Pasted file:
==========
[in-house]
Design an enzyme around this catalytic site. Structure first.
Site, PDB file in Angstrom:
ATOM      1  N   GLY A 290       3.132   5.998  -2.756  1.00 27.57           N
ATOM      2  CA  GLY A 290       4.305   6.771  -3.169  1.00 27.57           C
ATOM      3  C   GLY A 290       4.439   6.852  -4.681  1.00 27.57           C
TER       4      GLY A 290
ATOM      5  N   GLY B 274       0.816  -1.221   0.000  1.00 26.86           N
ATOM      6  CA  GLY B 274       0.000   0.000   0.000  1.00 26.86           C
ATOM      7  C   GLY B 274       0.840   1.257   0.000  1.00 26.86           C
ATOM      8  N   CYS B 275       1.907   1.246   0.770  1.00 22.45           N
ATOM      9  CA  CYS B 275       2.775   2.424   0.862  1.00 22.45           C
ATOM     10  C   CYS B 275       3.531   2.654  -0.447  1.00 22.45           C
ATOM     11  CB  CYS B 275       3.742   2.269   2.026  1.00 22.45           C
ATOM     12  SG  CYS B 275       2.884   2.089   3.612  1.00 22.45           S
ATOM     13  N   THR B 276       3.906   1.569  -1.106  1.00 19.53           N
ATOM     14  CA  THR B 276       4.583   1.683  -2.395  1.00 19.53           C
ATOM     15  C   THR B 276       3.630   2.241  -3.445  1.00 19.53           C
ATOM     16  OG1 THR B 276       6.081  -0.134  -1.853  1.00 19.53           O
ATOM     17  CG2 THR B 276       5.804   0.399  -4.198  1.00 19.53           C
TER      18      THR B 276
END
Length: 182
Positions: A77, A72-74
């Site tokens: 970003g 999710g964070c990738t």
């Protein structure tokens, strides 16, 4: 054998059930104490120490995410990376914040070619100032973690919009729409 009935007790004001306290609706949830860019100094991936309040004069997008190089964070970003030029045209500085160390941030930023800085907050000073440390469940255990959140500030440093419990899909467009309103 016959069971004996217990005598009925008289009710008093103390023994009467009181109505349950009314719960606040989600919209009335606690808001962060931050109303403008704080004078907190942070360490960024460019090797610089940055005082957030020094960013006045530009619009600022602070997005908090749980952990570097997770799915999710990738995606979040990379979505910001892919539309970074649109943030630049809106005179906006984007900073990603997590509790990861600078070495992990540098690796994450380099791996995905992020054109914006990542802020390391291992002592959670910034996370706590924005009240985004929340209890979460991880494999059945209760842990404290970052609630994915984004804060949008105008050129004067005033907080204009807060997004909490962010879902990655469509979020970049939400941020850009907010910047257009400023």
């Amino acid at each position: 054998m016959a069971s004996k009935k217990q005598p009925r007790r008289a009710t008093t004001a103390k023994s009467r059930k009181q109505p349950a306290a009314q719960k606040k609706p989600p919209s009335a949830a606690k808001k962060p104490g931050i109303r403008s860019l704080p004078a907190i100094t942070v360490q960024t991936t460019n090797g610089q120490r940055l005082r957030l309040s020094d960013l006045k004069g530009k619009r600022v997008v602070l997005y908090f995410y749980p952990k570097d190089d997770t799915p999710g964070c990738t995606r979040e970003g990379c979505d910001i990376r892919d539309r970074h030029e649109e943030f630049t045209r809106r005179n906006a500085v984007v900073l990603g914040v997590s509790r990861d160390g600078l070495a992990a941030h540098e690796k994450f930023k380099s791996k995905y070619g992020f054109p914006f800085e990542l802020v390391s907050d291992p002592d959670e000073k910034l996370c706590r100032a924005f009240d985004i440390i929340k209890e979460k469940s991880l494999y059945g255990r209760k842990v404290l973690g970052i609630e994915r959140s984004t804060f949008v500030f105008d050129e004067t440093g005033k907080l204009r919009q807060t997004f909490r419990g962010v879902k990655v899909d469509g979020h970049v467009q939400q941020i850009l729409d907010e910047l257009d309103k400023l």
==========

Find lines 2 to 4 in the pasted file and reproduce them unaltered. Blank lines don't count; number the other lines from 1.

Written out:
Design an enzyme around this catalytic site. Structure first.
Site, PDB file in Angstrom:
ATOM      1  N   GLY A 290       3.132   5.998  -2.756  1.00 27.57           N